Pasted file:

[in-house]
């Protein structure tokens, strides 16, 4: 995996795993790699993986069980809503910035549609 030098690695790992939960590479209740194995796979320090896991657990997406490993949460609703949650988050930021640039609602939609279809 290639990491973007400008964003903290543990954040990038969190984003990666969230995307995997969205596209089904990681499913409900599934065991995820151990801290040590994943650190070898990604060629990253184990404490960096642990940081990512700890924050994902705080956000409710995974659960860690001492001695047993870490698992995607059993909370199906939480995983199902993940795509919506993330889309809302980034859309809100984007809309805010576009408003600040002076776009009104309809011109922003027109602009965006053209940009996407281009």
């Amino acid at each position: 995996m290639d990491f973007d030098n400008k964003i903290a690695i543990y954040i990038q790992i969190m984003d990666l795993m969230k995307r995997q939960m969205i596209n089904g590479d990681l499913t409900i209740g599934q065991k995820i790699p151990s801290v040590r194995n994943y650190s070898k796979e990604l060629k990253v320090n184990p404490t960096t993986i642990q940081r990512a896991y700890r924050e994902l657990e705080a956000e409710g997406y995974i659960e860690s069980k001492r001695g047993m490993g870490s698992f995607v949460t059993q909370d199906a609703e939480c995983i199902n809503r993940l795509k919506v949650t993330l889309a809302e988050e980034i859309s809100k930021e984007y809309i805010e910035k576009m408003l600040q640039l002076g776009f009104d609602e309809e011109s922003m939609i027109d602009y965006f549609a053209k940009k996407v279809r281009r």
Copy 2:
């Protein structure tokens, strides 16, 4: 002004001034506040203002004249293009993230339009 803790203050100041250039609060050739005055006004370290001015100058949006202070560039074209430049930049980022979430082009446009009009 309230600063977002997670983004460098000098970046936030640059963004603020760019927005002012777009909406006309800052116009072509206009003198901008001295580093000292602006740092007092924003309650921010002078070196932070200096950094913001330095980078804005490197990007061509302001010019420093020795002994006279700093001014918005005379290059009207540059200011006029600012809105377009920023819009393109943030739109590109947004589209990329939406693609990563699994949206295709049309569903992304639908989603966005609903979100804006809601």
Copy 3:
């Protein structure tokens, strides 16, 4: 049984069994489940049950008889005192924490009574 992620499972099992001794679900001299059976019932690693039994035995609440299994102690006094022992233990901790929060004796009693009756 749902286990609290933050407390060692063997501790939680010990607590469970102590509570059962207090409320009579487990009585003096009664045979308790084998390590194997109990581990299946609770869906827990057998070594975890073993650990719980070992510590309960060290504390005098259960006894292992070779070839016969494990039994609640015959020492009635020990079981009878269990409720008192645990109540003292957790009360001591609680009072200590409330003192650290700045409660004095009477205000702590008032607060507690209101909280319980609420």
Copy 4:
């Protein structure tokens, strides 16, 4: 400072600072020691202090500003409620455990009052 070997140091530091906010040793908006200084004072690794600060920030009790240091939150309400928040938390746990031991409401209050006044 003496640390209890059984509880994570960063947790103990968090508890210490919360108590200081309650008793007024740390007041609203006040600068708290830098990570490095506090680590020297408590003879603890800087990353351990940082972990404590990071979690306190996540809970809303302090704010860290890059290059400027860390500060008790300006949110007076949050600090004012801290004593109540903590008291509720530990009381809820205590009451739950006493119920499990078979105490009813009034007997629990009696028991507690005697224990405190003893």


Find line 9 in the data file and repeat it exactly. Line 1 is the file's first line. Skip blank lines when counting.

């Protein structure tokens, strides 16, 4: 400072600072020691202090500003409620455990009052 070997140091530091906010040793908006200084004072690794600060920030009790240091939150309400928040938390746990031991409401209050006044 003496640390209890059984509880994570960063947790103990968090508890210490919360108590200081309650008793007024740390007041609203006040600068708290830098990570490095506090680590020297408590003879603890800087990353351990940082972990404590990071979690306190996540809970809303302090704010860290890059290059400027860390500060008790300006949110007076949050600090004012801290004593109540903590008291509720530990009381809820205590009451739950006493119920499990078979105490009813009034007997629990009696028991507690005697224990405190003893």